Photo Credit: Grace Clementine/The Image Bank/Getty Images
It’s a cocktail party mainstay: a plate of fine cheeses to keep your guests satiated while you schmooze and booze. And though it’s easy to feel overwhelmed by the stacks of well-wrapped cheese wheels and oozing wedges at the cheese counter, you don’t need one more thing to worry about over the holidays. Let the country’s top cheesemongers help you make a cheese plate that’s the life of the party.
Unless you’re devoting your entire party menu to cheese tasting, stick to three cheeses on the plate. “You don’t want to overwhelm people if you’re going to have other hors d’oeuvres,” says Kirstin Jackson, San Francisco cheesemonger and author of It’s Not You, It’s Brie: Unwrapping America’s Unique Culture of Cheese.
But which three to pick? There are no hard and fast rules, but cheese experts typically recommend mixing a variety of flavors and textures when building a cheese board. “A good selection of cheeses needs a bridge from the mild to strong, soft to hard,” says New York-based Chef Fromager Tia Keenan. She suggests “something mild and creamy, something hard and saltier, and then something funky -- either a blue or a stinky, washed rind cheese.”
Versatile, crowd-pleasing options include Alpine-style cheeses with nutty undertones like a classic Gruyère, or artisan Cheddars like Cabot Clothbound from Vermont. Jackson likes mixed-milk cheeses like La Tur, which combines goat, cow and sheep’s milks for a light but nuanced flavor.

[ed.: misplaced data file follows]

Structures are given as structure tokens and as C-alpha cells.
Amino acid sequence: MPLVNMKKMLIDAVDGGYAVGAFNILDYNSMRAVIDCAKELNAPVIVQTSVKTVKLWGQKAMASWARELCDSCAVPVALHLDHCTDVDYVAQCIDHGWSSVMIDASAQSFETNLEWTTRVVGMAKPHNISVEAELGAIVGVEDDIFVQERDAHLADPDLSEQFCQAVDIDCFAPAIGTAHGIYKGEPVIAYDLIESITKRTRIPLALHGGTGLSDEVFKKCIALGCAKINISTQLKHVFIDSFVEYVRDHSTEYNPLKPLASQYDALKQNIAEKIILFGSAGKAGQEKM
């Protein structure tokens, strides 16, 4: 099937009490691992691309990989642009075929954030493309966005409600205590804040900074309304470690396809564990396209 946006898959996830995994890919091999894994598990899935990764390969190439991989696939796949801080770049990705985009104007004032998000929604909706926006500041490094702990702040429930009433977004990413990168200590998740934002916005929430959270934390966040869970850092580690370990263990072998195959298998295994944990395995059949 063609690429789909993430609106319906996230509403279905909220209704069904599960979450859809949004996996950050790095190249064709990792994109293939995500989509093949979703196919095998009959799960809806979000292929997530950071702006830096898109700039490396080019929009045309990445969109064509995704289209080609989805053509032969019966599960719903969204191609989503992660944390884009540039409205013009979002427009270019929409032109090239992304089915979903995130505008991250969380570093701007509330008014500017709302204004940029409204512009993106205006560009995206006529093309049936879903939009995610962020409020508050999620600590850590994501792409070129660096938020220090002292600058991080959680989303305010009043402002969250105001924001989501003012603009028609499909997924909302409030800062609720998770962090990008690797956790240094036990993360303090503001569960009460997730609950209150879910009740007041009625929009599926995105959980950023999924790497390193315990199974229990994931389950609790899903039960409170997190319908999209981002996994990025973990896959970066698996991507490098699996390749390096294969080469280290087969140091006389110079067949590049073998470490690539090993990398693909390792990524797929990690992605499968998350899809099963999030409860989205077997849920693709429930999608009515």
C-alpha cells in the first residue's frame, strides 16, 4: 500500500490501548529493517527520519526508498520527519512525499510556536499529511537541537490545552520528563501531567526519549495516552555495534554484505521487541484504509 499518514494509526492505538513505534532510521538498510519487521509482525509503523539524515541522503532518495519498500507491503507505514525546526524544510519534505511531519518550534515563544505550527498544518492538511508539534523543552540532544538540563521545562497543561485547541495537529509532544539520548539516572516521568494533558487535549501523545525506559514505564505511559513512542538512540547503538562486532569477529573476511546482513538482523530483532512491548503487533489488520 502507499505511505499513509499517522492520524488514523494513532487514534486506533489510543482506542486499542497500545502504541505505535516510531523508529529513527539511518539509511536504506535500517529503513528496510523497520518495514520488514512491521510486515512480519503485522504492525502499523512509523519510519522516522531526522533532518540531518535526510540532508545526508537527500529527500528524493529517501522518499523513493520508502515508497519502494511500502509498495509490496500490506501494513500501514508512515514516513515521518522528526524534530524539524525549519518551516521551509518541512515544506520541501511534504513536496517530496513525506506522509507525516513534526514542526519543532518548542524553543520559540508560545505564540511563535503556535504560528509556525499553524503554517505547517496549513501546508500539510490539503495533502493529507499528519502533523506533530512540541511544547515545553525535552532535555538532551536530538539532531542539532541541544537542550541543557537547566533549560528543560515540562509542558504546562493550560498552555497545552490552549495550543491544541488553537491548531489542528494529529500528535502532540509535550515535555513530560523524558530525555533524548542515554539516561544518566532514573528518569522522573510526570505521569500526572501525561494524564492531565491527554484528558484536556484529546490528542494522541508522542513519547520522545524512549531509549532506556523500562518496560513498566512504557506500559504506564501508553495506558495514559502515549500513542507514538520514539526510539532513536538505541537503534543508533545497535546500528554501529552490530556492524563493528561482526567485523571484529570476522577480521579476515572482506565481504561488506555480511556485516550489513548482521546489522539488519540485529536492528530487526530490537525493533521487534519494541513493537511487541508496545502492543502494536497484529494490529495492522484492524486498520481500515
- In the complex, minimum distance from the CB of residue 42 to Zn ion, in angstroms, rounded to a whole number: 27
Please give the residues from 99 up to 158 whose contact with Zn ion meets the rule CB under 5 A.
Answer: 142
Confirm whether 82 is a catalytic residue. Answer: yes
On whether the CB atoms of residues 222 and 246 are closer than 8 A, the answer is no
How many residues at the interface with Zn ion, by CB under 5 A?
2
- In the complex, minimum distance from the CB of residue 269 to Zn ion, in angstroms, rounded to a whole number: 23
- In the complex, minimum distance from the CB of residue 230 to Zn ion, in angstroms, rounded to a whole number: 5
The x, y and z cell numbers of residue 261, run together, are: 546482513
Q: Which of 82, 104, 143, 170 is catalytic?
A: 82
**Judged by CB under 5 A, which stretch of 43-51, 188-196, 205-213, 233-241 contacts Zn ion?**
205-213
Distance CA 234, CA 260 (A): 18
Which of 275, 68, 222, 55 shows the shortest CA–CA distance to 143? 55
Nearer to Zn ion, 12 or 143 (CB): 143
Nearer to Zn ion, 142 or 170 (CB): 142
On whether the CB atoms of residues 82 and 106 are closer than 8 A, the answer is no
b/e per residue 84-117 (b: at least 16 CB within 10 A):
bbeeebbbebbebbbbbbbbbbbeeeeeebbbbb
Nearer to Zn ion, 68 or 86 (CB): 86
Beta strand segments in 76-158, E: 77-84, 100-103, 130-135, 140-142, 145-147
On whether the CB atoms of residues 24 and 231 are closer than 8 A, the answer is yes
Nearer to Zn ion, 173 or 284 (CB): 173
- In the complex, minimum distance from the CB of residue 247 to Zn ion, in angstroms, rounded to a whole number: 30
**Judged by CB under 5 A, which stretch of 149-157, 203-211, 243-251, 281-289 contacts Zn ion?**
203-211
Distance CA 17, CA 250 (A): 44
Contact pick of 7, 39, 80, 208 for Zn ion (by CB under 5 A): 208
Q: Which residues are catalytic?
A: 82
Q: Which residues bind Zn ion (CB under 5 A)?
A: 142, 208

Similarly, it means less stress if you pick one wine to serve with cheese and appetizers instead of trying to uncork multiple wines to match. Both Keenan and Jackson love to serve sparkling whites with their cheese plates: “The bubbles and the butterfat just love each other,” Keenan says, while the acidity of an unoaked white helps cut the richness of the cheese.
While baguettes and water crackers are a tried-and-true match with a cheese plate, fresh or dried fruit tempers the richness and provides a burst of bright, zingy flavor to contrast with the creamy dairy. Add a bowl of fresh fruit compote or preserves as an accompaniment, a few slices of pears with honey, or a handful of dried apricots.
Assuming your guests will be arriving with an appetite, estimate one to two ounces of cheese per person. “If you have ‘too much’ left over, sending your guests home with a little piece of cheese is a nice way to thank them for coming,” Keenan says. “Usually that cheese is gone by breakfast the following day.”
WATCH: Cheese Plate